Friday, October 5, 2012

Playlist for October 5, 2012

1. Annabel Lee
by Edgar Allan Poe

It was many and many a year ago,
In a kingdom by the sea,
That a maiden there lived whom you may know
By the name of ANNABEL LEE;
And this maiden she lived with no other thought
Than to love and be loved by me.

I was a child and she was a child,
In this kingdom by the sea;
But we loved with a love that was more than love-
I and my Annabel Lee;
With a love that the winged seraphs of heaven
Coveted her and me.

And this was the reason that, long ago,
In this kingdom by the sea,
A wind blew out of a cloud, chilling
My beautiful Annabel Lee;
So that her highborn kinsman came
And bore her away from me,
To shut her up in a sepulchre
In this kingdom by the sea.

The angels, not half so happy in heaven,
Went envying her and me-
Yes!- that was the reason (as all men know,
In this kingdom by the sea)
That the wind came out of the cloud by night,
Chilling and killing my Annabel Lee.

But our love it was stronger by far than the love
Of those who were older than we-
Of many far wiser than we-
And neither the angels in heaven above,
Nor the demons down under the sea,
Can ever dissever my soul from the soul
Of the beautiful Annabel Lee.

For the moon never beams without bringing me dreams
Of the beautiful Annabel Lee;
And the stars never rise but I feel the bright eyes
Of the beautiful Annabel Lee;
And so, all the night-tide, I lie down by the side
Of my darling- my darling- my life and my bride,
In the sepulchre there by the sea,
In her tomb by the sounding sea.
REFLECTIVE MUSIC: Concerto for Small Orchestra and Solo Violin (Movement 2)
(no video available at this time, however here is Finzi's Adagio espressivo)



2. Blur
by Andrew Hudgins

Storms of perfume lift from honeysuckle,
lilac, clover—and drift across the threshold,
outside reclaiming inside as its home.
Warm days whirl in a bright unnumberable blur,
a cup—a grail brimmed with delirium
and humbling boredom both.  I was a boy,
I thought I'd always be a boy, pell—mell,
mean, and gaily murderous one moment
as I decapitated daises with a stick,
then overcome with summer's opium,
numb—slumberous.  I thought I'd always be a boy,
each day its own millennium, each
one thousand years of daylight ending in
the night watch, summer's pervigilium,
which I could never keep because by sunset
I was an old man.  I was Methuselah,
the oldest man in the holy book.  I drowsed.
I nodded, slept—and without my watching, the world,
whose permanence I doubted, returned again,
bluebell and blue jay, speedwell and cardinal
still there when the light swept back,
and so was I, which I had also doubted.
I understood with horror then with joy,
dubious and luminous joy: it simply spins.
It doesn't need my feet to make it turn.
It doesn't even need my eyes to watch it,
and I, though a latecomer to its surface, I'd
be leaving early.  It was my duty to stay awake
and sing if I could keep my mind on singing,
not extinction, as blurred green summer, lifted
to its apex, succumbed to gravity and fell
to autumn, Ilium, and ashes.  In joy
we are our own uncomprehending mourners,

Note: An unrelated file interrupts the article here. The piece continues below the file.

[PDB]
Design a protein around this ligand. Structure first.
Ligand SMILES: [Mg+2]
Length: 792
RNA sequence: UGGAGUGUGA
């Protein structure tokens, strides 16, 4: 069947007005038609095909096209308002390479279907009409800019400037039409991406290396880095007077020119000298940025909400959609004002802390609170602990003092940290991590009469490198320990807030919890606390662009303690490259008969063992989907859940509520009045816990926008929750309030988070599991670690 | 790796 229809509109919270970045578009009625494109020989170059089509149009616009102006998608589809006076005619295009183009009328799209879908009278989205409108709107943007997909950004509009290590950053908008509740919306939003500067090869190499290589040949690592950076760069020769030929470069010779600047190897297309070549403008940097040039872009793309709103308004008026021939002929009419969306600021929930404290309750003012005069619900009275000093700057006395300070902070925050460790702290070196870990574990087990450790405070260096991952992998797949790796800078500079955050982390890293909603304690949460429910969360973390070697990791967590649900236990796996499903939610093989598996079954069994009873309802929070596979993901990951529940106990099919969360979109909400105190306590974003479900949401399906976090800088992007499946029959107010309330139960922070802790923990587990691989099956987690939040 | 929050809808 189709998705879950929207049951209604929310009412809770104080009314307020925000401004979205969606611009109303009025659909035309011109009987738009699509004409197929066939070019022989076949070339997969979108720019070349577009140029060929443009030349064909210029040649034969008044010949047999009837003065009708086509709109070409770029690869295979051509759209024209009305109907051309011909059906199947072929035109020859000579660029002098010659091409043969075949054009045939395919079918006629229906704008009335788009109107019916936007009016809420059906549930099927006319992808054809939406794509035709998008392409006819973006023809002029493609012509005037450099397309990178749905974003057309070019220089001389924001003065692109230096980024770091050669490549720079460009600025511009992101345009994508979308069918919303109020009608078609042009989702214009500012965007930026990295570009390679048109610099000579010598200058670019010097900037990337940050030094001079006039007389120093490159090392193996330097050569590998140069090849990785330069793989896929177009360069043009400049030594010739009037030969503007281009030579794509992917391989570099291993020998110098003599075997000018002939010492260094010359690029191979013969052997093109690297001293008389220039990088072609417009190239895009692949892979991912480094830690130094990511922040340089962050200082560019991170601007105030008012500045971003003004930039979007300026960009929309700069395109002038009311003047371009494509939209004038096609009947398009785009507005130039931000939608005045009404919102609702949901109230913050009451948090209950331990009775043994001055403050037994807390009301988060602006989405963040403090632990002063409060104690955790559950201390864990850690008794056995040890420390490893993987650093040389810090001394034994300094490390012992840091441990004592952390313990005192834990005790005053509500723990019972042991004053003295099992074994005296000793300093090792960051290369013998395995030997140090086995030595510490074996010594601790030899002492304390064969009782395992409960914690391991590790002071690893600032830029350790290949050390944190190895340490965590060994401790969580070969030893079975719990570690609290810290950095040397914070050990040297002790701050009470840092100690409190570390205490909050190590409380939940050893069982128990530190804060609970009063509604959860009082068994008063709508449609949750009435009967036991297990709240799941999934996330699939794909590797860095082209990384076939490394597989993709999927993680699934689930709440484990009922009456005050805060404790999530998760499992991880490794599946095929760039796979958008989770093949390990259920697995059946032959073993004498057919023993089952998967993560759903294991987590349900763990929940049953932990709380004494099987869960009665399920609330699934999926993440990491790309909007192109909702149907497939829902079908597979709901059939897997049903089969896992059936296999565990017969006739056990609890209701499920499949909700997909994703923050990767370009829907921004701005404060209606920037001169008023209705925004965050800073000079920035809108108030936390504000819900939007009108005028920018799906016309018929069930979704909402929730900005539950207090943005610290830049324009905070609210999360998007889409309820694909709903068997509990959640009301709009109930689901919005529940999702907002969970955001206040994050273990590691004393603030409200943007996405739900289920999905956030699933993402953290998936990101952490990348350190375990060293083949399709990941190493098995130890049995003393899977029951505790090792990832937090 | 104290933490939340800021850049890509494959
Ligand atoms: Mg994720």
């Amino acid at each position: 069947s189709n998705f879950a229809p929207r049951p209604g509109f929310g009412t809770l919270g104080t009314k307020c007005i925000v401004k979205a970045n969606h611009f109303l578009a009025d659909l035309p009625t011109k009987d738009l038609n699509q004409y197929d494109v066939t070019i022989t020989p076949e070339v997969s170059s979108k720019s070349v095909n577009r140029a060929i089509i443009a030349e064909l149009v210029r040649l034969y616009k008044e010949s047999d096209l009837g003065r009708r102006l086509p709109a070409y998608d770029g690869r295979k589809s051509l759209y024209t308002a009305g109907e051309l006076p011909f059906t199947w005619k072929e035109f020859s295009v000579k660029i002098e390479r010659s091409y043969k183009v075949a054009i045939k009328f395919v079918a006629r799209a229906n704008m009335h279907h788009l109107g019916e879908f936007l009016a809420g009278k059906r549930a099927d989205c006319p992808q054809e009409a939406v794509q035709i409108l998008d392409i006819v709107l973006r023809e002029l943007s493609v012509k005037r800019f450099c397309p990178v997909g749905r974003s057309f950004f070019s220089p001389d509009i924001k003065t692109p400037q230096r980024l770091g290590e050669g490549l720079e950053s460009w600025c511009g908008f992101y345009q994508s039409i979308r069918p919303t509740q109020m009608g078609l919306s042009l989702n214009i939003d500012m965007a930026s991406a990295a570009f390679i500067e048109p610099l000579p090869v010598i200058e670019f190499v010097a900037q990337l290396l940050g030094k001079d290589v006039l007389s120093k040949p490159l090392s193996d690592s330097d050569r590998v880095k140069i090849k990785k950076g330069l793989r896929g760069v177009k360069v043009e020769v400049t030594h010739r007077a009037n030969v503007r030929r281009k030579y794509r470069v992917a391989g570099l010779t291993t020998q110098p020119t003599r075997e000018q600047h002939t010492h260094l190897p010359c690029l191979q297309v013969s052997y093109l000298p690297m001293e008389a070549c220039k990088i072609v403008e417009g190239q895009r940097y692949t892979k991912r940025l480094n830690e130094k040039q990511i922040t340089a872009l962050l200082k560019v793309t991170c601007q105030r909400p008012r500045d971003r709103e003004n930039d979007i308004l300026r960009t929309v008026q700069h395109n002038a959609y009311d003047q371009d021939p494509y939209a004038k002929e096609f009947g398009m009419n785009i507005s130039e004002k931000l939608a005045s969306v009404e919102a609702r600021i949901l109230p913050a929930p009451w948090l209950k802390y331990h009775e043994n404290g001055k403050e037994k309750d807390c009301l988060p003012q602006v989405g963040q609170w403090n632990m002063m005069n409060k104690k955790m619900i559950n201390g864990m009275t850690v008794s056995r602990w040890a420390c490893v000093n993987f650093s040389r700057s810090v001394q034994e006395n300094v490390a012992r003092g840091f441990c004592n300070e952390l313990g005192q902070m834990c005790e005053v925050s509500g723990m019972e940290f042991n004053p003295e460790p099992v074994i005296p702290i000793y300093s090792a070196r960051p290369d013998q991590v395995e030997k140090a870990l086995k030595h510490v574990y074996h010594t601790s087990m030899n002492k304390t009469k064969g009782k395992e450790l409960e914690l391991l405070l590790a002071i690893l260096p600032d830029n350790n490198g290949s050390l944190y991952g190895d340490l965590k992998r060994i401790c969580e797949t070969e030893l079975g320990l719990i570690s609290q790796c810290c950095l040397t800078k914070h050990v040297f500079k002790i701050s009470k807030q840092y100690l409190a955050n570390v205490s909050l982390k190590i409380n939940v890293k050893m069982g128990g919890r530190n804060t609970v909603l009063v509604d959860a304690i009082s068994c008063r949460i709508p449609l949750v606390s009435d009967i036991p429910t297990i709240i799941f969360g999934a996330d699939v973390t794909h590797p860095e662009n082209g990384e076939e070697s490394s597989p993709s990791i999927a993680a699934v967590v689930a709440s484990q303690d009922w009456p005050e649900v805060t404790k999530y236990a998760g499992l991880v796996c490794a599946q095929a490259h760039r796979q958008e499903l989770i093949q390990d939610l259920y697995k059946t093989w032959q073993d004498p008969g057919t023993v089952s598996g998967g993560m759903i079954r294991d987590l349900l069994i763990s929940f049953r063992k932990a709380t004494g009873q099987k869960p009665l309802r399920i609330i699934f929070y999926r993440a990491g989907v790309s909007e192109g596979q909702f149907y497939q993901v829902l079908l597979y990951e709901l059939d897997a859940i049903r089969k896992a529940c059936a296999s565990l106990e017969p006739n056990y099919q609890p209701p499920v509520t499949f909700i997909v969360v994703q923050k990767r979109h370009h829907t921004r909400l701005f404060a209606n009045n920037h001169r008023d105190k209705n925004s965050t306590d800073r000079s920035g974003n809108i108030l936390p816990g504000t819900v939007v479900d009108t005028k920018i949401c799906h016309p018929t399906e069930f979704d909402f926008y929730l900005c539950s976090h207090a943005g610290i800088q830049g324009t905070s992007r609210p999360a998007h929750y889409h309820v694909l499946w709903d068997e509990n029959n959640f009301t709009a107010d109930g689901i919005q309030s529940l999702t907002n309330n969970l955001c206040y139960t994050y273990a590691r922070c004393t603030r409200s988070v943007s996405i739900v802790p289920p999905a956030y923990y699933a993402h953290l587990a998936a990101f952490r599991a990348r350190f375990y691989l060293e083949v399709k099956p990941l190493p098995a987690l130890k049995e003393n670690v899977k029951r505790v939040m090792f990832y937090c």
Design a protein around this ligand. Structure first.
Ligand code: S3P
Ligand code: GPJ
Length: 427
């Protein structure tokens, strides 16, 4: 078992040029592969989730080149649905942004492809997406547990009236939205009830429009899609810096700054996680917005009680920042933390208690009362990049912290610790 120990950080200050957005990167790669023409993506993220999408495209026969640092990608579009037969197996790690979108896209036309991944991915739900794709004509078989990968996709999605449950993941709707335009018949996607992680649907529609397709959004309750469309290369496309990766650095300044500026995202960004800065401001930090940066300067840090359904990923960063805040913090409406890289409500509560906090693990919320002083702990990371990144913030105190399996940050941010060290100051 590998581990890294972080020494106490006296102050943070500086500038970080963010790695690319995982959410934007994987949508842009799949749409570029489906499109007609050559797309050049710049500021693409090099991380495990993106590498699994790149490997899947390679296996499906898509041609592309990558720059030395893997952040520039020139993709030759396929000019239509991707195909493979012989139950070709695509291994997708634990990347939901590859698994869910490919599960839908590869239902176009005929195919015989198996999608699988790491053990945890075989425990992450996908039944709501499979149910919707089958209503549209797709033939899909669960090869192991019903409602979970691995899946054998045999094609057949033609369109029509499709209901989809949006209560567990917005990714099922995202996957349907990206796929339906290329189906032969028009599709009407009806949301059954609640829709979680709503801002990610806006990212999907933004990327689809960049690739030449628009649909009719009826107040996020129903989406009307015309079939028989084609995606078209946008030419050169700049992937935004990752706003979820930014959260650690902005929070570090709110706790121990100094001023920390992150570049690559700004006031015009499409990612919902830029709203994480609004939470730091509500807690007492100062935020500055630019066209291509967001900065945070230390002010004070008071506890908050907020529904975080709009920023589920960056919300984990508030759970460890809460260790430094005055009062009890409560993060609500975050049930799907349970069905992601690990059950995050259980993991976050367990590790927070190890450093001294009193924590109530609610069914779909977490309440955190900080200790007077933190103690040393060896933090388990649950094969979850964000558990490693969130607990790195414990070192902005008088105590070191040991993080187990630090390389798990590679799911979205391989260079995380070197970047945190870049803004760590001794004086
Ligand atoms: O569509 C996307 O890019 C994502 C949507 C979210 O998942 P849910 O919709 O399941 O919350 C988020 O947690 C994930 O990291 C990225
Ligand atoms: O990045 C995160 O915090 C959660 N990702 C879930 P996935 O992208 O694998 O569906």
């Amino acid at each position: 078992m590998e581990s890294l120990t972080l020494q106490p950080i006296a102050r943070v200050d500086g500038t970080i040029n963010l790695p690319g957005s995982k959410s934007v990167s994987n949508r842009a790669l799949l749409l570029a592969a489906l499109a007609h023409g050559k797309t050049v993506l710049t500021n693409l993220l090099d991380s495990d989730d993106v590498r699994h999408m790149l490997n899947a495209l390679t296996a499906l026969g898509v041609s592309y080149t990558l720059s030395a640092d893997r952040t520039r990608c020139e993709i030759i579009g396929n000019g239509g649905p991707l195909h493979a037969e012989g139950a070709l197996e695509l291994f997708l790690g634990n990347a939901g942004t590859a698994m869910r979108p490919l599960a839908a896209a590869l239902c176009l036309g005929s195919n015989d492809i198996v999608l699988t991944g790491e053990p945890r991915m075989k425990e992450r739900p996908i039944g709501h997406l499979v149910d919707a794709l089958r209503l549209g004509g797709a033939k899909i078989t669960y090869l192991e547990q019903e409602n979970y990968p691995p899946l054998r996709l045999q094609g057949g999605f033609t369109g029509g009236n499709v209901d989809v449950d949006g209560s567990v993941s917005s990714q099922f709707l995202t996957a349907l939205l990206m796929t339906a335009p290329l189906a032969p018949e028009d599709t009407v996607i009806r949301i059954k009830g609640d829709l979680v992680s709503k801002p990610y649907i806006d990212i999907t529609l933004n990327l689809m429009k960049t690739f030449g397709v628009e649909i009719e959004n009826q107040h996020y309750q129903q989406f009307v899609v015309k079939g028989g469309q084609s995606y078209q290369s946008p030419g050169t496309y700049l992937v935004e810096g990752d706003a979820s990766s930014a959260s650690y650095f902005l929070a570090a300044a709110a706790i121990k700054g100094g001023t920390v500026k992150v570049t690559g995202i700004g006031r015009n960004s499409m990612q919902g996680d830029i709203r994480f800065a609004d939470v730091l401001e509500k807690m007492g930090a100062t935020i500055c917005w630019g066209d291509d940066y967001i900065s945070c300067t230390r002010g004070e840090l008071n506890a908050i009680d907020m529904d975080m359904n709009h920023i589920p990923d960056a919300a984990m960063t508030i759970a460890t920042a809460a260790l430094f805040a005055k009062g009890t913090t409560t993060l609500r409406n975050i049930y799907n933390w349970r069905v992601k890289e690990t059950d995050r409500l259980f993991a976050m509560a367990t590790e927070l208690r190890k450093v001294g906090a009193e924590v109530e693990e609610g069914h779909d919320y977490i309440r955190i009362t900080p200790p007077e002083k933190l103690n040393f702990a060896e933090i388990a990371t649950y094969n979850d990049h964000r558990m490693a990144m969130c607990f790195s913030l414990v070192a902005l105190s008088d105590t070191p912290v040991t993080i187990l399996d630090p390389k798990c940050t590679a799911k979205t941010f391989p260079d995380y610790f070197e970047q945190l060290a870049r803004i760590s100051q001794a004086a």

and more than joy I longed for understanding
and more than understanding I longed for joy.
REFLECTIVE MUSIC: Luminaria by Kenji Bunch 
(not available, however Kenji Bunch's Magic Hour 
is included here for your enjoyment).
 


3. The Dunce
by Jacques Prevert

He says no with his head
but he says yes with his heart
he says yes to what he loves
he says no to the teacher
he stands
he is questioned
and all the problems are posed
sudden laughter seizes him
and he erases all
the words and figures
names and dates
sentences and snares
and despite the teacher's threats
to the jeers of infant prodigies
with chalk of every colour
on the blackboard of misfortune
he draws the face of happiness.
 
REFLECTIVE MUSIC: Sonata for Flute and Piano (Movement 2: Scherzo) by Robert Muczynski
 
 

4. Childhood
by Rainer Maria Rilke

It would be good to give much thought, before
you try to find words for something so lost,
for those long childhood afternoons you knew
that vanished so completely -and why?

We're still reminded-: sometimes by a rain,
but we can no longer say what it means;
life was never again so filled with meeting,
with reunion and with passing on

as back then, when nothing happened to us
except what happens to things and creatures:
we lived their world as something human,
and became filled to the brim with figures.

And became as lonely as a sheperd
and as overburdened by vast distances,
and summoned and stirred as from far away,
and slowly, like a long new thread,
introduced into that picture-sequence
where now having to go on bewilders us.

REFLECTIVE MUSIC: Kinderszenen by Robert Schumann



5. Childhood's Retreat
by Robert Duncan

It’s in the perilous boughs of the tree   
out of blue sky    the wind   
sings loudest surrounding me.

And solitude,   a wild solitude
’s reveald,   fearfully,   high     I’d climb   
into the shaking uncertainties,

part out of longing,   part     daring my self,
part to see that
widening of the world,   part

to find my own, my secret
hiding sense and place, where from afar   
all voices and scenes come back

—the barking of a dog,   autumnal burnings,
far calls,   close calls—   the boy I was
calls out to me
here the man where I am   “Look!

I’ve been where you

most fear to be.”


REFLECTIVE MUSIC: Octet in E-flat, Op. 20 (4th movement) by Felix Mendelssohn





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